These can be concerts (if your station mostly broadcasts music) or discussions (if it's mostly a talk station). By mounting one of these, you will get both admission fees and a program to broadcast. However, there should be an incentive for people to come in person, rather than listening to the broadcast. Thus the broadcast could delayed, or made into a number of short episodes.
Consider the type of people who listen to your station. What interests might they have in common? If you broadcast a lot of rock music from the 1970s and 80s, perhaps your listeners would like a sale where they can buy, sell, and exchange their old LPs. If you have a very popular gardening program, you could organize a garden sale each spring, and promote it on air for months ahead.
Events of this type (which seem to work best when held at a weekend, for a whole day) tend to attract people who don't listen to your station, but are interested in selling or buying the type of product the sale is focusing on. Now you have a chance to win them as listeners - so put on an OB at the venue while the sale is taking place. You may need to hire a suitably large space
This provides funding by charging a fee for stallholders and a smaller fee for visitors. To attract more people, and gain some community respect, you could donate a good proportion of the profit to an appropriate local charity or good cause. Even if you don't make a lot of money, you're likely to win some new listeners. You could bring in more revenue, or cut costs, by enlisting some of your advertisers as sponsors.
I've called this category "special fair" because a general fair, where anything can be bought or sold, is not unique enough to attract a lot of visitors and prospective listeners.
If your station is one that attracts a huge variety of people, with many different interests (probably because it has many different programs) you could attract a wide variety of different types of people by having a different theme for your special fair every time you hold it. People remember unusual events for a long time - so some of this year's fair visitors will become next year's subscribers.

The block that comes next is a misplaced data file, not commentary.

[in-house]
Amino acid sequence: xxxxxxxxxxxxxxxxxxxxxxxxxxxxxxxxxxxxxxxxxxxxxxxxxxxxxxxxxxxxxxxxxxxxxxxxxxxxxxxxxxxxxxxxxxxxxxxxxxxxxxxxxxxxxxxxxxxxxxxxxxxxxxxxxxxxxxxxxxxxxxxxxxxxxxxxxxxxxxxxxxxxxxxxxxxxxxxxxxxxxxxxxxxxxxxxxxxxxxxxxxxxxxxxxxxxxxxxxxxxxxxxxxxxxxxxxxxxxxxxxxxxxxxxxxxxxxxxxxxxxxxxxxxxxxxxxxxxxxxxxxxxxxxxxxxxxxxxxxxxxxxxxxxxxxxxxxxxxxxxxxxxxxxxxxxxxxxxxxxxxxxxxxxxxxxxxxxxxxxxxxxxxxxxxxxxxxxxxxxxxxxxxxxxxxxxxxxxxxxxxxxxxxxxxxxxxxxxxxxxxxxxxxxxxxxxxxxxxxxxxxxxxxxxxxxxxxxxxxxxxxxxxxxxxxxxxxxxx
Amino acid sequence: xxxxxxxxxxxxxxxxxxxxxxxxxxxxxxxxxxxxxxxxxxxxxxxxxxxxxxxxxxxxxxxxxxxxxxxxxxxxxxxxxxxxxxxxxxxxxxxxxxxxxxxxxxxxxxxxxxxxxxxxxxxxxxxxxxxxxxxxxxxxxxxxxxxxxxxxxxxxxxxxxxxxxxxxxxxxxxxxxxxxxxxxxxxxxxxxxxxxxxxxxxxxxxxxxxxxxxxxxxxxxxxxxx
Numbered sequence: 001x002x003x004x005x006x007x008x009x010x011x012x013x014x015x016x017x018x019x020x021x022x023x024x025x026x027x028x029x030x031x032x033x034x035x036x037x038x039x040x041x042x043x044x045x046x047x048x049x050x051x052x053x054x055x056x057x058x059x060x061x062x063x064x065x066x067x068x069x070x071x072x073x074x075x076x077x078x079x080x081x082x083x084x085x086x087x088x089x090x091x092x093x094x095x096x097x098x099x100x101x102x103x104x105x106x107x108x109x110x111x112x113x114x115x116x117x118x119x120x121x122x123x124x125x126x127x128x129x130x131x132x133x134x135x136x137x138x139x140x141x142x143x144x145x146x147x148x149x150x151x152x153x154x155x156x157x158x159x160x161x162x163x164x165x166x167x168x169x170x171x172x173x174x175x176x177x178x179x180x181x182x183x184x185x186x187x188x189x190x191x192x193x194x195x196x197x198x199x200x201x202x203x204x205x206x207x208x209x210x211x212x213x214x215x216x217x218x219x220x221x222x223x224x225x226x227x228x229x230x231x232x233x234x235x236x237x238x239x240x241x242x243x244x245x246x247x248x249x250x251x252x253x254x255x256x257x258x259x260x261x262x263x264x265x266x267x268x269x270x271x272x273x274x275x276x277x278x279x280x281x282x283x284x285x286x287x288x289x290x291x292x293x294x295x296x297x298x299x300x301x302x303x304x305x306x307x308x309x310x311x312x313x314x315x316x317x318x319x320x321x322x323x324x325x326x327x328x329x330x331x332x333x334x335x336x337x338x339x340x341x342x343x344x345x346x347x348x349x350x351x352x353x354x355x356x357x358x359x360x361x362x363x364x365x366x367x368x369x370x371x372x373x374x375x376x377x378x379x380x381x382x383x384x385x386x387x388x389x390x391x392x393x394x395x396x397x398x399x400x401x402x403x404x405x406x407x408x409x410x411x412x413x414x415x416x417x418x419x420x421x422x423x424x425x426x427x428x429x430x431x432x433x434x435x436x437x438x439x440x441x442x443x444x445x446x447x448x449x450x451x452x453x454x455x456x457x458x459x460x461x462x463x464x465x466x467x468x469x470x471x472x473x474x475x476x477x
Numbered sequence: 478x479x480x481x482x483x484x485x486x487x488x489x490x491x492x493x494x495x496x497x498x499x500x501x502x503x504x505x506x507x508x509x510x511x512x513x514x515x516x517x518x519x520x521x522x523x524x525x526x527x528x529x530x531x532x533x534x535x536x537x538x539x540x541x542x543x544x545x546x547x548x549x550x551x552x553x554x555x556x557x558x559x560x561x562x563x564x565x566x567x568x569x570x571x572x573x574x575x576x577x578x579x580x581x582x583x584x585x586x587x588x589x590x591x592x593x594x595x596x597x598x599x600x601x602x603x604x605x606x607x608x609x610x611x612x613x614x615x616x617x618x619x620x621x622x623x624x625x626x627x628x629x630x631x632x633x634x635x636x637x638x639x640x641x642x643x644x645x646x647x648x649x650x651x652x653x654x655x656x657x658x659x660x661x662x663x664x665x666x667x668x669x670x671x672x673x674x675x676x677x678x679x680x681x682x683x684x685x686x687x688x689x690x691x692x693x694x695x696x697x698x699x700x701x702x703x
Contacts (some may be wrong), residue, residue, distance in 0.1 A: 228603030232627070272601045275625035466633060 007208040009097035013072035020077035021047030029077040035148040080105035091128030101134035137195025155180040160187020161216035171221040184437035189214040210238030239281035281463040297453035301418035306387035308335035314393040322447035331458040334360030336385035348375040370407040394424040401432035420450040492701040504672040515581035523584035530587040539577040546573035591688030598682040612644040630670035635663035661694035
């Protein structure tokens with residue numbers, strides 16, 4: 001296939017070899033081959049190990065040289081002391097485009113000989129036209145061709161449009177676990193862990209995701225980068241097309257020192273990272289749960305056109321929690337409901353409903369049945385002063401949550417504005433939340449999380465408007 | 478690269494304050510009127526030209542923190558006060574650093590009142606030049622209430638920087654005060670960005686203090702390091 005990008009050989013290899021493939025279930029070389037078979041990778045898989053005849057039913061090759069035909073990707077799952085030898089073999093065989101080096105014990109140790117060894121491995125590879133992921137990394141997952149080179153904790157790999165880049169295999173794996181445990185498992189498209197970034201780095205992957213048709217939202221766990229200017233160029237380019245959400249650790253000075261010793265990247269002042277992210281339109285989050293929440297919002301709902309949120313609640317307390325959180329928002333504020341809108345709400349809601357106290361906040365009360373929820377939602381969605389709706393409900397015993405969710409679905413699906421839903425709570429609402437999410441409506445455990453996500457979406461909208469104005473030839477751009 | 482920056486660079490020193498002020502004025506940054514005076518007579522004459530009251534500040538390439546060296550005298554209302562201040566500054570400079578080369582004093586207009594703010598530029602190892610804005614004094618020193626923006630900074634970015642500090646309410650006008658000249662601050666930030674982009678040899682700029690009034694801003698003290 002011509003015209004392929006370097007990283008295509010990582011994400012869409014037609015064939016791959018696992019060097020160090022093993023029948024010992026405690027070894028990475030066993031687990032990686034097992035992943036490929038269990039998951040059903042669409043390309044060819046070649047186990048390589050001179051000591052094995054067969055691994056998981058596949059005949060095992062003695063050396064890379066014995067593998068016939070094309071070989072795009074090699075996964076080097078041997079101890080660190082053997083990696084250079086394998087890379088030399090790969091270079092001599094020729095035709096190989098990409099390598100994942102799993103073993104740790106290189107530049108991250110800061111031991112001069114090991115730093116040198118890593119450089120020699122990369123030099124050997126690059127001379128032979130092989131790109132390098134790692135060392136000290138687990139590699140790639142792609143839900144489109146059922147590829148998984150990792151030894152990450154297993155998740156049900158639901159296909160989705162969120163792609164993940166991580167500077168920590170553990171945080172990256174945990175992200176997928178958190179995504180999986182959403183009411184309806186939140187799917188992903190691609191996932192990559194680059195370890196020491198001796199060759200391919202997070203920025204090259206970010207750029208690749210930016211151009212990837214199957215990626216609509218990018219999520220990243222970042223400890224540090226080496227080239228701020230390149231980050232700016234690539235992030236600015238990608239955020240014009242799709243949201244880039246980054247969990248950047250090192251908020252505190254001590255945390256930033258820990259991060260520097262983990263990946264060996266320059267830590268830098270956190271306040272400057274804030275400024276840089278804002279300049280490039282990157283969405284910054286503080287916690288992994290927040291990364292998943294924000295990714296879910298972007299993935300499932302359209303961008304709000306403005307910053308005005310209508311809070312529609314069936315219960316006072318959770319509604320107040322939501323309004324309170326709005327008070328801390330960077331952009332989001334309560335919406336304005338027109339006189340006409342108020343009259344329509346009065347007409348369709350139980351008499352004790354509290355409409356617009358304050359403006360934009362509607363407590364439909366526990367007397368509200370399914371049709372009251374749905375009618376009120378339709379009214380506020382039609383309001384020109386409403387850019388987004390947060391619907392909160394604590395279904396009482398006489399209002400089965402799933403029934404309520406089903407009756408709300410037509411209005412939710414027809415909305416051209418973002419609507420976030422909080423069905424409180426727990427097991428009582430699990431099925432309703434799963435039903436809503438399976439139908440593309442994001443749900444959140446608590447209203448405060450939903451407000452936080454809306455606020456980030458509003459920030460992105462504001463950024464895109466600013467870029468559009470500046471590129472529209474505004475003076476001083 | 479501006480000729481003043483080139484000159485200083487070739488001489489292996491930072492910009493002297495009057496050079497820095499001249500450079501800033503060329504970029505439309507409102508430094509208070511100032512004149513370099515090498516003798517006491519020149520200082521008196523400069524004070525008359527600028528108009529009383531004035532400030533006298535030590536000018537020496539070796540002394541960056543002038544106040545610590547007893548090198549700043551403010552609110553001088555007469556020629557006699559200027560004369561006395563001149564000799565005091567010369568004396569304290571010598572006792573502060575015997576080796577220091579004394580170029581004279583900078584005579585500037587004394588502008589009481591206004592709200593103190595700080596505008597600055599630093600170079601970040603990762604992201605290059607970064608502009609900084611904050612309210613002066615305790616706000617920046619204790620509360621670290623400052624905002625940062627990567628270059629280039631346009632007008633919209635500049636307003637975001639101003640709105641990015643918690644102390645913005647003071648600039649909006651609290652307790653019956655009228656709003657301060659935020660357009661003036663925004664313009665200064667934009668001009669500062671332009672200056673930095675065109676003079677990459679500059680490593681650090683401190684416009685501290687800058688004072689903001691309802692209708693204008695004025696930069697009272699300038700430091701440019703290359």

Tours for listeners
I once had a secretary who spent her spare time organizing visits to Melbourne (700 kilometres away) to see major theatrical shows. She'd hire a bus, make group bookings with a hotel and the theatre, and then find a busload of people who were interested in spending a weekend in Melbourne and seeing the latest show. Because of the bulk discounts she could get, and the competitive prices she could therefore offer, she raised a lot of money for the charity World Vision. This could work very well for a radio station, because it could be promoted on air - and even made into a documentary program.
All of these special events need to be regularly promoted on air in the week leading up to them. And if you choose a type of event that you can broadcast, you'll be achieving two things at once: making some money, and creating a program.
Some of these events can take a huge amount of time to organize. It's probably best to appoint a subcommittee of volunteers to take care of all the organizing - or to plan the event in conjunction with another organization. Much depends on the energies of the people involved, so if you let them come up with their own ideas, they are more likely to make a success of it.
If your building is suitable, you could invite listeners to come at any time. Some stations have their own cafés, where listeners are welcome. Others have continuous sales of tapes, CDs, LPs, and second-hand books. Listeners donate recordings and books they no longer want, and the station sells them. The continuous stream of visitors that this creates (helped along by occasional broadcast announcements) will help to increase your audience. Those who donated the items will feel good, because they are helping the stations - and the buyers will be happy because they are getting a bargain.